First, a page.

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Surface biological, chemical, and optical properties of the Patagonian Shelf coccolithophore bloom, the brightest waters of the Great Calcite Belt

Balch, W.M.; Drapeau, D.T.; Bowler, B.C.; Lyczskowski, E.R.; Lubelczyk, L.C.; Painter, S.C.; Poulton, A.J.. 2014 Surface biological, chemical, and optical properties of the Patagonian Shelf coccolithophore bloom, the brightest waters of the Great Calcite Belt. Limnology and Oceanography, 59 (5). 1715-1732. 10.4319/lo.2014.59.5.1715

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Abstract/Summary

We report surface observations of a mesoscale coccolithophore bloom at the shelf break of the Patagonian Shelf during December 2008, representing the densest coccolithophore population in the Southern Ocean. The bloom was most intense within the Falklands Current, northeast of the Falkland Islands. Emiliania huxleyi dominated bloom waters, with a mixed E. huxleyi and Prorocentrum sp. dinoflagellate bloom to the west and mixed assemblage of diatoms, dinoflagellates, and flagellates to the east. Optical measurements of coccolith light scattering, analytical measurements of their calcite, and microscopic counts all showed this to be an intense coccolithophore bloom. Average particulate inorganic carbon per coccolith in the bloom was low, typical of the B coccolith morphotype and in agreement with independent measurements made by scanning electron microscopy. Highest particulate inorganic carbon (measured optically and chemically) was observed when residual nitrate (defined as the difference, [NO3−1] − [Si(OH)4]) was 10–17 µmol L−1 and nitrate to phosphate ratios were close to Redfield values. Elevated particle backscattering was observed in the E. huxleyi bloom, whereas the highest particle scattering occurred in the adjoining Prorocentrum sp. bloom. Backscattering from coccolithophores represented up to 50% of the total backscattering (from organic and inorganic particles) along the main axis of the E. huxleyi bloom. Chlorophyll-specific absorption in the coccolithophore bloom was typical of marine phytoplankton. Residual nitrate plotted vs. temperature showed that the E. huxleyi bloom was associated with waters between 5°C and 15°C, with depleted silicate. Results suggest that previous drawdown of silicate by diatoms occurred prior to the densest E. huxleyi blooms over the Patagonian Shelf. We speculate that such conditions might also be important for annual development of the broader Great Calcite Belt and other coccolithophore blooms.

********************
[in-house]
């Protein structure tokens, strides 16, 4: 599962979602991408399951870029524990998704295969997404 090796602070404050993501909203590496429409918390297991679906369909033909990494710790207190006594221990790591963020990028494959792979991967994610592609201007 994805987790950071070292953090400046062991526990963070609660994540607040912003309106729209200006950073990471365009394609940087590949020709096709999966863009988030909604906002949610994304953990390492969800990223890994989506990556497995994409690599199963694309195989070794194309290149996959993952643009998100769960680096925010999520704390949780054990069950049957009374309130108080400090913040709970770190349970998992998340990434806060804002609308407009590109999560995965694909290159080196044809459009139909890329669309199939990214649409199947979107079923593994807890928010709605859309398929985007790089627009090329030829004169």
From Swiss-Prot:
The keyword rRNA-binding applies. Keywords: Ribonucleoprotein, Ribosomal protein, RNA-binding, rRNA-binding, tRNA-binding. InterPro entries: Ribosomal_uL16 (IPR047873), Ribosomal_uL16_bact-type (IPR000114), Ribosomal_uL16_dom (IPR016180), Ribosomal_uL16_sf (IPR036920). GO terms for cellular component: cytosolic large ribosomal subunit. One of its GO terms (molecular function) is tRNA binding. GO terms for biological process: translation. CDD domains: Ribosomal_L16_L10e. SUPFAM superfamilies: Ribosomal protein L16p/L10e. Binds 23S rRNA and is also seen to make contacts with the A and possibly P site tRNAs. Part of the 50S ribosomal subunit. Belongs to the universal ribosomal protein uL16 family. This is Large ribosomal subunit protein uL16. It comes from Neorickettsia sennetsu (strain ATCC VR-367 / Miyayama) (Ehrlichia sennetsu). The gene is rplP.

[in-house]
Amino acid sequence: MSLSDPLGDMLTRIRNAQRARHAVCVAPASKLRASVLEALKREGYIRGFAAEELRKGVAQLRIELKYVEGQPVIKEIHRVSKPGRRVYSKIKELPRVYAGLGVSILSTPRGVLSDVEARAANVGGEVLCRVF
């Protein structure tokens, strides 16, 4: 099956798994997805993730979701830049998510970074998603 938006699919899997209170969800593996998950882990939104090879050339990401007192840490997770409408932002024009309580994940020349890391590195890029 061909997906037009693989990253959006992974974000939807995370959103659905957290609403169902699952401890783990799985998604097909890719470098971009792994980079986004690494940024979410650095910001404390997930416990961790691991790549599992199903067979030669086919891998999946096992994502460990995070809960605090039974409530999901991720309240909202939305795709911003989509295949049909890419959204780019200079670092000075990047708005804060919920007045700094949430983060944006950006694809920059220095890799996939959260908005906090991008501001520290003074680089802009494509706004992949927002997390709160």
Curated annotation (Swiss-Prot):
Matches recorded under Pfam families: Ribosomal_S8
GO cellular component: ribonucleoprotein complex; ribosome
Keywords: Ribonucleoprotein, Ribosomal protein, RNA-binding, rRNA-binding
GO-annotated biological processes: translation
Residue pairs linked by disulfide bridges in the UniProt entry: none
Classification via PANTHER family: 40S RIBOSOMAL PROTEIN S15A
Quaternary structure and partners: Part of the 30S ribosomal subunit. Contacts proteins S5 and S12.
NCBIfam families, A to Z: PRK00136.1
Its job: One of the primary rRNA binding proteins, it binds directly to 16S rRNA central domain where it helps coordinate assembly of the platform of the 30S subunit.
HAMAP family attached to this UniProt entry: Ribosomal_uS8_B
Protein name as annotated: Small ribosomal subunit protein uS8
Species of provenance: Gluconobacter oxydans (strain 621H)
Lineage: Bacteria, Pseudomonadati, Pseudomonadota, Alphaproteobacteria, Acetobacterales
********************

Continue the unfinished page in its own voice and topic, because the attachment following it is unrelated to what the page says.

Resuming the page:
Item Type: Publication - Article
Digital Object Identifier (DOI): 10.4319/lo.2014.59.5.1715
ISSN: 00243590
Date made live: 30 Sep 2014 12:43 +0 (UTC)
URI: http://nora.nerc.ac.uk/id/eprint/508536

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